Years ago, I became a student at Options Animal because they promised to teach me something that seemed almost like magic — how to “adjust” a trade that wasn’t working into something profitable. Adjusting is indeed a powerful tool. The techniques I learned at OA and that I now have the privilege of teaching to others have made my trading safer and more profitable. However, I also learned something just as valuable – that there is a time to walk away from a trade and move on to something new.
Adjusting is the art of adding or subtracting instruments – options and/or shares of the underlying equity – or repositioning a trade when the initial structure no longer looks likely to yield a profit. Usually, a trade ends up in trouble because the underlying equity does not move in the way you initially expected. For example, it falls when you were initially bullish, or it moves when you expected it to remain stagnant.
I admit that I rushed through the lower level classes in my eagerness to unlock the secrets and learn how to fix my broken trades. By the way, rushing through the lower levels where we teach all the fundamentals is an awful idea, but that is another story. When I finally reached the upper-level classes and began to study the techniques of adjusting, it really did seem magical at first. I had a very brief period of euphoria where I thought that I would never again lose money on any trade because I could “adjust” my way out of anything. I was especially enamored with the possibility of adjusting credit trades by simply rolling them out in time. Bull puts were going to become my own personal ATM, and if they got in trouble, I would just roll them down and out to safer strikes.
Needless to say, my joy was short lived as I was quickly reintroduced to the unshakeable reality that there is no reward without risk. Equities can and do gap through your bull put strikes leaving you with large losses that are impossible to “roll” away and difficult to adjust. My results improved dramatically when I changed my entire view of adjusting. Instead of scrambling for a way to fix broken trades, I now constantly monitor for ways to profit from the current direction of an equity. I take great care in determining my expectation for how the equity will move prior to placing any trade. However, despite all the due diligence in the world, the market is ultimately unpredictable. News changes, sentiment changes and a stagnant stock can start to move, or a bullish stock can fall. With the tools that I now possess, I can add, subtract or move my options instruments so that I am well positioned for whatever the equity is giving me.
For example, if I have a bull put and the equity suddenly turns bearish, I am not limited to rolling my trade further out in time and down in strikes. If my new expectation is bearish, I have a world of tools at my disposal to take advantage of a bearish move. I can replace the bull put with a bear call, rather than a new bull put. That way, I can work with the bearish trend rather than simply trying to run away from it. I can place bear puts, bear put calendars or any other bearish trade that works. I am not limited by the original instruments of the trade. I can close them and open what works.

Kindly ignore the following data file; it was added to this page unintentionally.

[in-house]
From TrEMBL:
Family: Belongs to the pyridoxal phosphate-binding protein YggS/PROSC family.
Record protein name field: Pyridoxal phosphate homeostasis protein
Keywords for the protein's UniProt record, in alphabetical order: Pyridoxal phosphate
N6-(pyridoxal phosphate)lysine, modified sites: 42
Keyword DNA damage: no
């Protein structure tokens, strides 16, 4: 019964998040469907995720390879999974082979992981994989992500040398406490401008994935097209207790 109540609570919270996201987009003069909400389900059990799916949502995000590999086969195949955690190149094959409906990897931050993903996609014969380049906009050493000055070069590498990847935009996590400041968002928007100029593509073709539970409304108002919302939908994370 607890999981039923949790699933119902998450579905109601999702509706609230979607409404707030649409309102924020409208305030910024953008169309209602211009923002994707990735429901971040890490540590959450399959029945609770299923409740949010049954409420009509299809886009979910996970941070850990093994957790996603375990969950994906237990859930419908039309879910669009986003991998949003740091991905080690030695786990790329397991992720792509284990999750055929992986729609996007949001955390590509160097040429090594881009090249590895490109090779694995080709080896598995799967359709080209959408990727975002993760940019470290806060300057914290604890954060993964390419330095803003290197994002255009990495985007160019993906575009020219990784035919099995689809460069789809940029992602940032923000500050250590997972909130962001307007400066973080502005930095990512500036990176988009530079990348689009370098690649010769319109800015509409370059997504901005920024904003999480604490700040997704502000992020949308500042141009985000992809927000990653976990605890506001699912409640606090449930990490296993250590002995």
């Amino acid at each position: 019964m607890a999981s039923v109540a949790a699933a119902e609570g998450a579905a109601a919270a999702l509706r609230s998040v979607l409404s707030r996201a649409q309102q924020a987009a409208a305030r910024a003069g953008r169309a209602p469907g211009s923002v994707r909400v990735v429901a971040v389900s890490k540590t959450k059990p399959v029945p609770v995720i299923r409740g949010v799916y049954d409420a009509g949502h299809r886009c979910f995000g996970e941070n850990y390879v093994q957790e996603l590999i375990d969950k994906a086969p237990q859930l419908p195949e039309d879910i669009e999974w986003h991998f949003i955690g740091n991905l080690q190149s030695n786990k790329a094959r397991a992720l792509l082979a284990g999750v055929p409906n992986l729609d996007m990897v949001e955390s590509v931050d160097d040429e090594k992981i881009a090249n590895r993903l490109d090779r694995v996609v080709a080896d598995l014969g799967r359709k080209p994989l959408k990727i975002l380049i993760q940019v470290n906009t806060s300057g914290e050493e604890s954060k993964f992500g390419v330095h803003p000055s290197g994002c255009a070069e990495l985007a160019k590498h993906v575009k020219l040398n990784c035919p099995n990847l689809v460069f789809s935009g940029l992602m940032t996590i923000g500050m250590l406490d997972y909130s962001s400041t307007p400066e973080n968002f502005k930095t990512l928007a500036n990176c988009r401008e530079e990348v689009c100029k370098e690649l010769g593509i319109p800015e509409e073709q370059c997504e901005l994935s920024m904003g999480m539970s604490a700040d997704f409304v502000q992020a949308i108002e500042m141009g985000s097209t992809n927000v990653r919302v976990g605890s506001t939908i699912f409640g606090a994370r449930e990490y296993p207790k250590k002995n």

This works for me because I do not randomly scan the market for trading opportunities. I trade equities that I have researched both technically and fundamentally. I monitor not only their moves on the chart, but news and sentiment. Even though, many of my individual trades are short term, I feel comfortable trading these equities for the long run. I have a high degree of confidence that if one trade structure does not work, I can adjust into something that takes advantage of a new trend and will ultimately be profitable. I have done my fundamental homework and am confident that the companies will be around long enough for me to profit in the end.
However, once in a while, that changes. Sometimes one of my equities can become too difficult to trade. Its characteristics can change. It can become too volatile to determine a trend. It can become so stagnant that there is no longer premium in the options. It can simply defy my ability to predict its moves. When that happens: when I can no longer determine a trend with a reasonable degree of comfort, it is time to move on to a new equity. There is a time to close a losing trade and simply take the loss. I do not do that very often. However, just as a trend can change, the very character of a company can change until it is no longer the kind of equity I would have chosen to begin with. Always remember that when you are adjusting a trade, you are making a conscious decision to continuing allocating capital to that equity. Often, the adjustment requires additional capital or risk to make the trade work. If it comes to the point where I sincerely believe that my capital can be more profitably allocated somewhere else, then I give myself permission to take my ball off the field and look for a better game. In the end, the only statistic that matters is whether or not your trading is profitable.